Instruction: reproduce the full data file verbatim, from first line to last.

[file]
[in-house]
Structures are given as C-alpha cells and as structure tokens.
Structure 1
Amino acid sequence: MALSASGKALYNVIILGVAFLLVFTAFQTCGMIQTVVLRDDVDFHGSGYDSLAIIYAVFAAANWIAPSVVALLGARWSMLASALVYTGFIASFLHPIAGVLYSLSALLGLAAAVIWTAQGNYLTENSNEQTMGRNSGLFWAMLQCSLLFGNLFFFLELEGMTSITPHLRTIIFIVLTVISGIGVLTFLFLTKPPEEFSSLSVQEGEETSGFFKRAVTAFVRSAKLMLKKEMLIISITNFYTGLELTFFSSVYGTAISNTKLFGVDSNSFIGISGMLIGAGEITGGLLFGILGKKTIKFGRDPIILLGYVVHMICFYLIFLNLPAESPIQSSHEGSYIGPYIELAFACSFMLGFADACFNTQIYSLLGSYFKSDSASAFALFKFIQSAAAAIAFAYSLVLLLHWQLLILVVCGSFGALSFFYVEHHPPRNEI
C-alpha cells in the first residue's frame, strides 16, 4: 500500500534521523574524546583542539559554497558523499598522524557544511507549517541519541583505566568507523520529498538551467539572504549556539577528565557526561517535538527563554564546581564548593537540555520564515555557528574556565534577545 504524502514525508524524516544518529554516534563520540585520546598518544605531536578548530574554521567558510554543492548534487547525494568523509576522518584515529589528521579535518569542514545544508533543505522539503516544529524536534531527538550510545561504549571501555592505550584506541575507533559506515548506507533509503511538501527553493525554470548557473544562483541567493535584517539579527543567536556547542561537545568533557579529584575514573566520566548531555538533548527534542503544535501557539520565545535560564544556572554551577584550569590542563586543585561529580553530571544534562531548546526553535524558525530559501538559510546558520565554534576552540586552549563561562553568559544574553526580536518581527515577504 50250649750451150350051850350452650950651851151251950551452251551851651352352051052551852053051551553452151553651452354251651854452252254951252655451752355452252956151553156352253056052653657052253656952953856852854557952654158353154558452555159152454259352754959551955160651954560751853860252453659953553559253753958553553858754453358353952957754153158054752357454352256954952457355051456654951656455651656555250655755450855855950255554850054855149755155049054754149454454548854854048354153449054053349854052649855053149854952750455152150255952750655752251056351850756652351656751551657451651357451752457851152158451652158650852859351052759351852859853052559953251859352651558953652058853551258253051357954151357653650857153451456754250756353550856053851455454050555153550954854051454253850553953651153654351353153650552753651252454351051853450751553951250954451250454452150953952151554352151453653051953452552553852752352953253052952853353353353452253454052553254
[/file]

[in-house]
Structures are given as C-alpha cells and as structure tokens.
Structure 1
Amino acid sequence: MALSASGKALYNVIILGVAFLLVFTAFQTCGMIQTVVLRDDVDFHGSGYDSLAIIYAVFAAANWIAPSVVALLGARWSMLASALVYTGFIASFLHPIAGVLYSLSALLGLAAAVIWTAQGNYLTENSNEQTMGRNSGLFWAMLQCSLLFGNLFFFLELEGMTSITPHLRTIIFIVLTVISGIGVLTFLFLTKPPEEFSSLSVQEGEETSGFFKRAVTAFVRSAKLMLKKEMLIISITNFYTGLELTFFSSVYGTAISNTKLFGVDSNSFIGISGMLIGAGEITGGLLFGILGKKTIKFGRDPIILLGYVVHMICFYLIFLNLPAESPIQSSHEGSYIGPYIELAFACSFMLGFADACFNTQIYSLLGSYFKSDSASAFALFKFIQSAAAAIAFAYSLVLLLHWQLLILVVCGSFGALSFFYVEHHPPRNEI
C-alpha cells in the first residue's frame, strides 16, 4: 500500500534521523574524546583542539559554497558523499598522524557544511507549517541519541583505566568507523520529498538551467539572504549556539577528565557526561517535538527563554564546581564548593537540555520564515555557528574556565534577545 504524502514525508524524516544518529554516534563520540585520546598518544605531536578548530574554521567558510554543492548534487547525494568523509576522518584515529589528521579535518569542514545544508533543505522539503516544529524536534531527538550510545561504549571501555592505550584506541575507533559506515548506507533509503511538501527553493525554470548557473544562483541567493535584517539579527543567536556547542561537545568533557579529584575514573566520566548531555538533548527534542503544535501557539520565545535560564544556572554551577584550569590542563586543585561529580553530571544534562531548546526553535524558525530559501538559510546558520565554534576552540586552549563561562553568559544574553526580536518581527515577504 50250649750451150350051850350452650950651851151251950551452251551851651352352051052551852053051551553452151553651452354251651854452252254951252655451752355452252956151553156352253056052653657052253656952953856852854557952654158353154558452555159152454259352754959551955160651954560751853860252453659953553559253753958553553858754453358353952957754153158054752357454352256954952457355051456654951656455651656555250655755450855855950255554850054855149755155049054754149454454548854854048354153449054053349854052649855053149854952750455152150255952750655752251056351850756652351656751551657451651357451752457851152158451652158650852859351052759351852859853052559953251859352651558953652058853551258253051357954151357653650857153451456754250756353550856053851455454050555153550954854051454253850553953651153654351353153650552753651252454351051853450751553951250954451250454452150953952151554352151453653051953452552553852752352953253052952853353353353452253454052553254